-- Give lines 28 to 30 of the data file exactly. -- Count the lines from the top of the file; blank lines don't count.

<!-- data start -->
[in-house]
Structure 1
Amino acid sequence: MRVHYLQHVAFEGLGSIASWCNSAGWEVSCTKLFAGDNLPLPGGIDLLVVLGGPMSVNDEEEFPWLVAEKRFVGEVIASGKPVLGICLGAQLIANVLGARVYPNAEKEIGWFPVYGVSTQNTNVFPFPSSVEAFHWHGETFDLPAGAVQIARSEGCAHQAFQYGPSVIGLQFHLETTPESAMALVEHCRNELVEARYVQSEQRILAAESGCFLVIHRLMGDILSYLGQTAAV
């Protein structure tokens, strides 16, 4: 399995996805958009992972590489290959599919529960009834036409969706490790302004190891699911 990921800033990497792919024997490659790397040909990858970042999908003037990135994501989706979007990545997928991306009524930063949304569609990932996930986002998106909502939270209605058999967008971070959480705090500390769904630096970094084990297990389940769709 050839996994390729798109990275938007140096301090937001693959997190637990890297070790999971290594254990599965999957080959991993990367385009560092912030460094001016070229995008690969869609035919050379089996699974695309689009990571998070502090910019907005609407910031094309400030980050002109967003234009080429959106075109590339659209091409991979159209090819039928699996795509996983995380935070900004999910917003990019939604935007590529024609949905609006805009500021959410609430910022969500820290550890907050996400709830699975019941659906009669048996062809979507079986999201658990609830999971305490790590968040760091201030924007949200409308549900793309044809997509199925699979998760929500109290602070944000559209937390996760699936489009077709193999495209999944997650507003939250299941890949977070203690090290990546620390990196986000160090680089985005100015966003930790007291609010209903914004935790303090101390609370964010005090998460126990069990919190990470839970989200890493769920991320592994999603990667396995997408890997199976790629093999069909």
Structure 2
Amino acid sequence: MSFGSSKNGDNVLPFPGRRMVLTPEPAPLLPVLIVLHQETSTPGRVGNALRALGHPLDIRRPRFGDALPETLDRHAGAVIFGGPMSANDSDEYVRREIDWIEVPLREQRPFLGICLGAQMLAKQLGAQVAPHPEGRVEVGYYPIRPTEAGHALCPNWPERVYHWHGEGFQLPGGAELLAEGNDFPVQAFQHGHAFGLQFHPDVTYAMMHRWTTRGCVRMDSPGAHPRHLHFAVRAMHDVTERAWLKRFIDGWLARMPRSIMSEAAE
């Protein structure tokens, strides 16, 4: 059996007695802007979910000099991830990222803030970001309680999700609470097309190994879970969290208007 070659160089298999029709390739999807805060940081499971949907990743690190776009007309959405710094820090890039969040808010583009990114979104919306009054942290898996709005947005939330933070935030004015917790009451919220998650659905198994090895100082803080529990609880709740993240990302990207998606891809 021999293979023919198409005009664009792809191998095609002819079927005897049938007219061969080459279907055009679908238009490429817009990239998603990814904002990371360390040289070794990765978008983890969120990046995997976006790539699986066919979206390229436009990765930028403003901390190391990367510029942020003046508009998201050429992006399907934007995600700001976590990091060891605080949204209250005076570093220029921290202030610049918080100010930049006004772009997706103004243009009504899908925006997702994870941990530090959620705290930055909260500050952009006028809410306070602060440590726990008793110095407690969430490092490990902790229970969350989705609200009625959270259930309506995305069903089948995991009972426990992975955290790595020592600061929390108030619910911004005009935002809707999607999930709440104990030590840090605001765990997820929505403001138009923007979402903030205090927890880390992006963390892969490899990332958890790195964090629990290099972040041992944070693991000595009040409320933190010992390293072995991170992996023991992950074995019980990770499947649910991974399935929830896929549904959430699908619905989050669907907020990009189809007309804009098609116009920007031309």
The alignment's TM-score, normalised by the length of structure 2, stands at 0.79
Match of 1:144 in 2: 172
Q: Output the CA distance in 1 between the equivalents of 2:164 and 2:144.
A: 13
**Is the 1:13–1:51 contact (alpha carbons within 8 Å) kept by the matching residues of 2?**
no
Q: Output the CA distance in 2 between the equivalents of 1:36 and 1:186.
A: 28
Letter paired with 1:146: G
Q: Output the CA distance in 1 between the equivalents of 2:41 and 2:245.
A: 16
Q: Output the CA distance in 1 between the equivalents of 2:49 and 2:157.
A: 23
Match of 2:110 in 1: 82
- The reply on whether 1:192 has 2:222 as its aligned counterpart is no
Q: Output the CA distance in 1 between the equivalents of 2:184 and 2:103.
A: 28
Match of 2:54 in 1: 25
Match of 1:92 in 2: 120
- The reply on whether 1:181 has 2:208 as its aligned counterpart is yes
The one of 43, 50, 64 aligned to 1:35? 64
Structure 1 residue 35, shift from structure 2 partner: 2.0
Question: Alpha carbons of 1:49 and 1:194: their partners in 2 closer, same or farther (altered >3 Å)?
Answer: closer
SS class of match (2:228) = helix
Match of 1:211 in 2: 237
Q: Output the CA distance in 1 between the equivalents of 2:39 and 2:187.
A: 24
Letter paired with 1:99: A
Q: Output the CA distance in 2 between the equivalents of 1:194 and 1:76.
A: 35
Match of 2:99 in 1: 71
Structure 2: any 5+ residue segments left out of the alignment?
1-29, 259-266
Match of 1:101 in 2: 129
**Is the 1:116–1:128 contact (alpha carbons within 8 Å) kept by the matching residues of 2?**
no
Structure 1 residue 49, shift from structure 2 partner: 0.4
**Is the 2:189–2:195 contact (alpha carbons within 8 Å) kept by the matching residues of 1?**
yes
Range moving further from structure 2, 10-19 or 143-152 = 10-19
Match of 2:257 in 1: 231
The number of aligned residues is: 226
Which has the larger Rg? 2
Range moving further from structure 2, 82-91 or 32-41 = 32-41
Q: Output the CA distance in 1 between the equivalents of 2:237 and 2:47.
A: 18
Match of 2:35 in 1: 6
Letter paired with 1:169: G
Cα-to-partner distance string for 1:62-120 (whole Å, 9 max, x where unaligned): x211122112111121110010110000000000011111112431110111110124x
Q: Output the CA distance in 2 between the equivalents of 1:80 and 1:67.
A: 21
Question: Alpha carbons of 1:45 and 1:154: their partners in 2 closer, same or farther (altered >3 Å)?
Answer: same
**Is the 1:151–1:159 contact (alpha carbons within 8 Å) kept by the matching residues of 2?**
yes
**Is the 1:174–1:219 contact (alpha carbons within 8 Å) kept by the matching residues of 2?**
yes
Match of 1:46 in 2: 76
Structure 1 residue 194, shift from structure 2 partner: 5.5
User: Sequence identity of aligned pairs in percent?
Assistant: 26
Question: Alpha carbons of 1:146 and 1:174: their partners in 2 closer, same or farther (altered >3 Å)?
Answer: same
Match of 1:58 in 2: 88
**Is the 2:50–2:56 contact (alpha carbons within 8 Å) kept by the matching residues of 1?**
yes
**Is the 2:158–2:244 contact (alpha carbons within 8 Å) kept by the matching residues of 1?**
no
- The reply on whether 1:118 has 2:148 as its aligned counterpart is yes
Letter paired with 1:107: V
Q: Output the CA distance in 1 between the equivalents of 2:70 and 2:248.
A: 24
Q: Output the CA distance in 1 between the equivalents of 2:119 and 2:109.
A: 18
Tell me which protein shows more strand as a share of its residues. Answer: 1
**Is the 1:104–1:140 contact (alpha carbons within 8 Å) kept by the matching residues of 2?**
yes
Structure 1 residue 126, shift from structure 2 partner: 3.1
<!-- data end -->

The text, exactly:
The one of 43, 50, 64 aligned to 1:35? 64
Structure 1 residue 35, shift from structure 2 partner: 2.0
Question: Alpha carbons of 1:49 and 1:194: their partners in 2 closer, same or farther (altered >3 Å)?